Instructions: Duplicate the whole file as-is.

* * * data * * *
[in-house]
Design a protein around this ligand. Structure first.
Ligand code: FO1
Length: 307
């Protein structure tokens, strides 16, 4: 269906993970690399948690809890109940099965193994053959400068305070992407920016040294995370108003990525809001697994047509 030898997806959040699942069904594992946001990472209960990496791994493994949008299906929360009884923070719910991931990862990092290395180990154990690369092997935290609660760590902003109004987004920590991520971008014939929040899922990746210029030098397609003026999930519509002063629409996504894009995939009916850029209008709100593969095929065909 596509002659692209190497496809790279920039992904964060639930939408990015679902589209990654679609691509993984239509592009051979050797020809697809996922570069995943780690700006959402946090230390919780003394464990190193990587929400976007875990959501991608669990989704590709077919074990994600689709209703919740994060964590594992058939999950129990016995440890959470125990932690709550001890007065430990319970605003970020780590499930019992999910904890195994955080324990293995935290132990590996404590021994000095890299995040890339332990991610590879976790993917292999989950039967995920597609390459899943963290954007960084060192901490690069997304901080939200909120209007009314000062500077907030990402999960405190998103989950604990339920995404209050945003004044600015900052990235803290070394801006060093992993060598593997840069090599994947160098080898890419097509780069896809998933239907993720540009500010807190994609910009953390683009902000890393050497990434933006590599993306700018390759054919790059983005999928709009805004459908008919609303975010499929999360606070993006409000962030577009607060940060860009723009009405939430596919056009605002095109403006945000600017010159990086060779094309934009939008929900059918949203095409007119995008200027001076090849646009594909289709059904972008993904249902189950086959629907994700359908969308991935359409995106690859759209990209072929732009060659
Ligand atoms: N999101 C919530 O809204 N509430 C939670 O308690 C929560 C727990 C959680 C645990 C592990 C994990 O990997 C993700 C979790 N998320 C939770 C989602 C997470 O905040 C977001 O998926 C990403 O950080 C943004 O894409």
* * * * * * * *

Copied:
[in-house]
Design a protein around this ligand. Structure first.
Ligand code: FO1
Length: 307
């Protein structure tokens, strides 16, 4: 269906993970690399948690809890109940099965193994053959400068305070992407920016040294995370108003990525809001697994047509 030898997806959040699942069904594992946001990472209960990496791994493994949008299906929360009884923070719910991931990862990092290395180990154990690369092997935290609660760590902003109004987004920590991520971008014939929040899922990746210029030098397609003026999930519509002063629409996504894009995939009916850029209008709100593969095929065909 596509002659692209190497496809790279920039992904964060639930939408990015679902589209990654679609691509993984239509592009051979050797020809697809996922570069995943780690700006959402946090230390919780003394464990190193990587929400976007875990959501991608669990989704590709077919074990994600689709209703919740994060964590594992058939999950129990016995440890959470125990932690709550001890007065430990319970605003970020780590499930019992999910904890195994955080324990293995935290132990590996404590021994000095890299995040890339332990991610590879976790993917292999989950039967995920597609390459899943963290954007960084060192901490690069997304901080939200909120209007009314000062500077907030990402999960405190998103989950604990339920995404209050945003004044600015900052990235803290070394801006060093992993060598593997840069090599994947160098080898890419097509780069896809998933239907993720540009500010807190994609910009953390683009902000890393050497990434933006590599993306700018390759054919790059983005999928709009805004459908008919609303975010499929999360606070993006409000962030577009607060940060860009723009009405939430596919056009605002095109403006945000600017010159990086060779094309934009939008929900059918949203095409007119995008200027001076090849646009594909289709059904972008993904249902189950086959629907994700359908969308991935359409995106690859759209990209072929732009060659
Ligand atoms: N999101 C919530 O809204 N509430 C939670 O308690 C929560 C727990 C959680 C645990 C592990 C994990 O990997 C993700 C979790 N998320 C939770 C989602 C997470 O905040 C977001 O998926 C990403 O950080 C943004 O894409």